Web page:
It has been suggested that today there are more images of the world than the world itself. Of course none of this is as new as it sounds. As early as 1927, in his essay “Photography” the film theorist Siegfried Kracauer compared the mass-media explosion of photographic and film images to a “blizzard” of images. Then, in 1983, in Towards a Philosophy of Photography, media philosopher Vilém Flusser likened the function of photography to a dam that has absorbed all traditional images. The revolutionary potential and, at the same time, aberration of the technical (photographic) image was its built-in potential to collect all traditional (prephotographic) images. According to Flusser, our collective memory is formed by technical images circling to and fro on their own axes and around us. In the age of Covid-19, we experience much of culture in the form of digital culture. The pandemic crisis and our physically distanced lives are enacted on zoom and social media platforms. This mediated relation to the real has resulted in an excess of images and information. We are seeing digital exhibitions with high-resolution renderings of art works, virtual cultural events, and live streaming studio visits with artists. Much of our curatorial initiatives have moved online: #MuseumFromHome. At MoMA online viewing has far surpassed (by millions) the traffic within the institution’s tangible walls. The museum’s analogue and digital platforms are complementary. Personally, I don’t have an issue with image excess as long as we develop the critical apparatus to interpret visual information – one issue to keep in mind is who is visible, who is invisible, and what vision signifies.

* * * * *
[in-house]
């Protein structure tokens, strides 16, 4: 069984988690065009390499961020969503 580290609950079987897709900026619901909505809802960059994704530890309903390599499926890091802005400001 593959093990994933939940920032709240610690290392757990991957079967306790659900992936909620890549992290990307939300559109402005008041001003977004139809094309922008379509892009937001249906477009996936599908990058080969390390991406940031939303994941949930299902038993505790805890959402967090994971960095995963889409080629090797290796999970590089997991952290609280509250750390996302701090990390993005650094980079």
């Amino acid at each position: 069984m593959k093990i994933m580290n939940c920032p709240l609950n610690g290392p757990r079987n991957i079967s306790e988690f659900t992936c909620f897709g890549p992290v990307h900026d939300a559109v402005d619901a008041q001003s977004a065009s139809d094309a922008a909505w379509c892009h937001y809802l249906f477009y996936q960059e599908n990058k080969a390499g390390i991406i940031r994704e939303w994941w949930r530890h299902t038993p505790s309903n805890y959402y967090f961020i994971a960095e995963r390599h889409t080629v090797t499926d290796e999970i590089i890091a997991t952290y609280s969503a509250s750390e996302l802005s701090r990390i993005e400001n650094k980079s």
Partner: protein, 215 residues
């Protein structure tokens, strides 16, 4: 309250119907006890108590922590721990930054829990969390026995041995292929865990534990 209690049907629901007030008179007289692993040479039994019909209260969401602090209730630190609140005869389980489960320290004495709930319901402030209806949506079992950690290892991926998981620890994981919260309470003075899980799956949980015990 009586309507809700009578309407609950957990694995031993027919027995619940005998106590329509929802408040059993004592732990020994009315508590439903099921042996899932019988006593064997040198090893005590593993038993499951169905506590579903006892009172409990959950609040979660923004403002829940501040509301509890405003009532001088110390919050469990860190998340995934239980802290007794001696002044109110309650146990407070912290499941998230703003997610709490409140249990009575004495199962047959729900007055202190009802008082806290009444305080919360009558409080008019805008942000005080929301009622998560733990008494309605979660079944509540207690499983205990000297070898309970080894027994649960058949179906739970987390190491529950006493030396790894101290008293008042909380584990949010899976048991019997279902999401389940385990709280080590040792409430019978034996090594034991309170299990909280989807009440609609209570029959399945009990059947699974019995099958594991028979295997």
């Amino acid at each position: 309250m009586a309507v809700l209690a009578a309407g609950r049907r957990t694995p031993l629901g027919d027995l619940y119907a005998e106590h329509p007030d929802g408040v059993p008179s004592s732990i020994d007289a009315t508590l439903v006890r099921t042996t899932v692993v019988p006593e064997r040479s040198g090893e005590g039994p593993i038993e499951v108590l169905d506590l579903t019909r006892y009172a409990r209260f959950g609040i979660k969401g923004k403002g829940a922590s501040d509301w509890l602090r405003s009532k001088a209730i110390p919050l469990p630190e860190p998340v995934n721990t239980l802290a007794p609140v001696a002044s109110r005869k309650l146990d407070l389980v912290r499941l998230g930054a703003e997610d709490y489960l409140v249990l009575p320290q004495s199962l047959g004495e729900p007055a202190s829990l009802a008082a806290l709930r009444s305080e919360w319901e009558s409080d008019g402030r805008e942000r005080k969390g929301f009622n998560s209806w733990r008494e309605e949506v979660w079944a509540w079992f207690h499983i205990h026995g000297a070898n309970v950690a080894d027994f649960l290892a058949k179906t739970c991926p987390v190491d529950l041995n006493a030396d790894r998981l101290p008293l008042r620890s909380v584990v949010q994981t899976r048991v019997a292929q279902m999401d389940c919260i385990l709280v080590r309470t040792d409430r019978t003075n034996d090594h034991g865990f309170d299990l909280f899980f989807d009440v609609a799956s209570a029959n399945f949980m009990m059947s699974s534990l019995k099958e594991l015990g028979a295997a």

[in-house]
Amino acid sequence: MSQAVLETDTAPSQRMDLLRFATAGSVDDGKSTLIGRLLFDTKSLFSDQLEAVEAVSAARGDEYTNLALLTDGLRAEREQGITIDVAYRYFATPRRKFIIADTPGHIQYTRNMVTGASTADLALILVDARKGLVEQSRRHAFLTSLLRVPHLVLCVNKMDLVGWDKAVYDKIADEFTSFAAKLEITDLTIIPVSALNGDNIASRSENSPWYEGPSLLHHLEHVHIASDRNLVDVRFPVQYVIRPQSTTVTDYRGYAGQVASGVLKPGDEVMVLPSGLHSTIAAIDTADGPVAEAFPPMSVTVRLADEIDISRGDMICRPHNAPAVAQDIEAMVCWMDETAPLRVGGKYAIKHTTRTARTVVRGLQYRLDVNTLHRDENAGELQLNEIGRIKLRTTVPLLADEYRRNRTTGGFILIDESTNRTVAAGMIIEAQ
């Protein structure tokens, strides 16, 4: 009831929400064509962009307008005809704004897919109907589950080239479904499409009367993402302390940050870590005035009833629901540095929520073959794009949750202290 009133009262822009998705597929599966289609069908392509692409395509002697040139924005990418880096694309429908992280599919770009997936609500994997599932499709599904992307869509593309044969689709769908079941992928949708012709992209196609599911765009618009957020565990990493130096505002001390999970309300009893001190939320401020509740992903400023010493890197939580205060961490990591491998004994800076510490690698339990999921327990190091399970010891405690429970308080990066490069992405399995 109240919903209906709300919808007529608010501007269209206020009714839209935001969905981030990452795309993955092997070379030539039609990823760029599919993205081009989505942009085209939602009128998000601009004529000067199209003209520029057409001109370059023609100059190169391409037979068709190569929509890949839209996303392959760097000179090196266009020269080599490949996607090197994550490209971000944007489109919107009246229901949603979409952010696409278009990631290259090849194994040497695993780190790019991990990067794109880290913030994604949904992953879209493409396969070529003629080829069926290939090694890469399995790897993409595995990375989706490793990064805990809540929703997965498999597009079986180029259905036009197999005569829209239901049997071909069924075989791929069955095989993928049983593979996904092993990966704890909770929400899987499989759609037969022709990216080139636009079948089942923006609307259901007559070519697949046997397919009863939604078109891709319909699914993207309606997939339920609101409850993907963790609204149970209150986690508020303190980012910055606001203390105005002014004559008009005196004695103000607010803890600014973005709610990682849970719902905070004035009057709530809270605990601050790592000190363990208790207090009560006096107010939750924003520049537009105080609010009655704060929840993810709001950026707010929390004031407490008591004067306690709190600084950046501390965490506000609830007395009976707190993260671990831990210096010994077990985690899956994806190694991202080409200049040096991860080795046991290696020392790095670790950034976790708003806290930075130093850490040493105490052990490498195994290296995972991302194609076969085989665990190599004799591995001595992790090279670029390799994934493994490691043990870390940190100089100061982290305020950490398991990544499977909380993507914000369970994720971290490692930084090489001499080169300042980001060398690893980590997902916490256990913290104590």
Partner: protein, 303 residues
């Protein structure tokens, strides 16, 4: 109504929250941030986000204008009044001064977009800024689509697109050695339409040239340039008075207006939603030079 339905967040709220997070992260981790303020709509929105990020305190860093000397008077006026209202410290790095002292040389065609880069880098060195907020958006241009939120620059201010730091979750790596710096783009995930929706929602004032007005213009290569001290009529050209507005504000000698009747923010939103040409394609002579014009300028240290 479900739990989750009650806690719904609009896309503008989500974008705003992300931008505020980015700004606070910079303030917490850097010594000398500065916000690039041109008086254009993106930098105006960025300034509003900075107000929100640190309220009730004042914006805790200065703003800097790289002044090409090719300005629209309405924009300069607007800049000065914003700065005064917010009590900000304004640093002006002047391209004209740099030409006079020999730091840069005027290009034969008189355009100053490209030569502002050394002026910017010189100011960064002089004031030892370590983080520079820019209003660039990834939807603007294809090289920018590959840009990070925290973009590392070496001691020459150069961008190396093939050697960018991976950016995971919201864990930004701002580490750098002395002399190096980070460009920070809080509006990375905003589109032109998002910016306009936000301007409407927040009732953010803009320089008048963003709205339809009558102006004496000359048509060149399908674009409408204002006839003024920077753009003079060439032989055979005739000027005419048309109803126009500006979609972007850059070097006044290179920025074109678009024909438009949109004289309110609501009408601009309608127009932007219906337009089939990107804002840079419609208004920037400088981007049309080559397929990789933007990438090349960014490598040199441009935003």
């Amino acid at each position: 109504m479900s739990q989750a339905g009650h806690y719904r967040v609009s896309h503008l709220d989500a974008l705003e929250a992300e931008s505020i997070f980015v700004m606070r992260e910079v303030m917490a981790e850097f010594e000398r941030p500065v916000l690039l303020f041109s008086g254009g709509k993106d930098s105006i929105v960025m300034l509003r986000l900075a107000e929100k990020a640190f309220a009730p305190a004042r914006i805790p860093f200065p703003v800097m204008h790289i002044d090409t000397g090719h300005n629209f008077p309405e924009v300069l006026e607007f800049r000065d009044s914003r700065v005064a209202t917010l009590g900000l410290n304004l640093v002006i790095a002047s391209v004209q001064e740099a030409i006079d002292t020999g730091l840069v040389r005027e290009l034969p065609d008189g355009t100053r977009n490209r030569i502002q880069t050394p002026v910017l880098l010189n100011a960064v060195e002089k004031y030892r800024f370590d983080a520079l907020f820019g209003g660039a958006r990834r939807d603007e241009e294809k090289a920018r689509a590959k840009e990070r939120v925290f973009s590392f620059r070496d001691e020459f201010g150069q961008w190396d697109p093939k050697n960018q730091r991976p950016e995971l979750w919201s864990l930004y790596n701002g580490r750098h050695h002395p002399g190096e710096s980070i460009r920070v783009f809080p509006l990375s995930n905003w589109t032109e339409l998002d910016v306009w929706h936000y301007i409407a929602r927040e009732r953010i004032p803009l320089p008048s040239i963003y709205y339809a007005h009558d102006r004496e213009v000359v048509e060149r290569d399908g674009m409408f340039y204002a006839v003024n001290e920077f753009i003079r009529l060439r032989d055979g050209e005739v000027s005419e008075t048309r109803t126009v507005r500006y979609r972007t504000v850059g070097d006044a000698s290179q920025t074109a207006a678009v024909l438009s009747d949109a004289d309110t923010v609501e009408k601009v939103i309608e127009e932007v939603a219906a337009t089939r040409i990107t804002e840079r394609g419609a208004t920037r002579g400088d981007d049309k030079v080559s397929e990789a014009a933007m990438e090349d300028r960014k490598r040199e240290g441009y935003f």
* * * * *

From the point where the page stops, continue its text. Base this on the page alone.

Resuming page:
What is the most invaluable skill required for a curator?
More than a skill, I think it’s the desire to create a legacy for what is happening in the now and generate new ideas and scholarship. For me that means connecting photography’s first 180 years to contemporary ideas, to lens-based, time-based, and digital practices, to a larger visual culture that expands photography’s ability to reveal things about the world around us. There is invaluable power inherent in looking at art – and at the world – in a new way. And that is a sine qua non quality for a curator.
What was your route into curating?
Curating means to be engaged in the creation of culture. I always had an interest in the humanities, and I arrived to curatorial work by studying art history, theatre and film criticism, and sociology. And by seeing lots and lots and lots of exhibitions.
What is the most memorable exhibition that you’ve visited?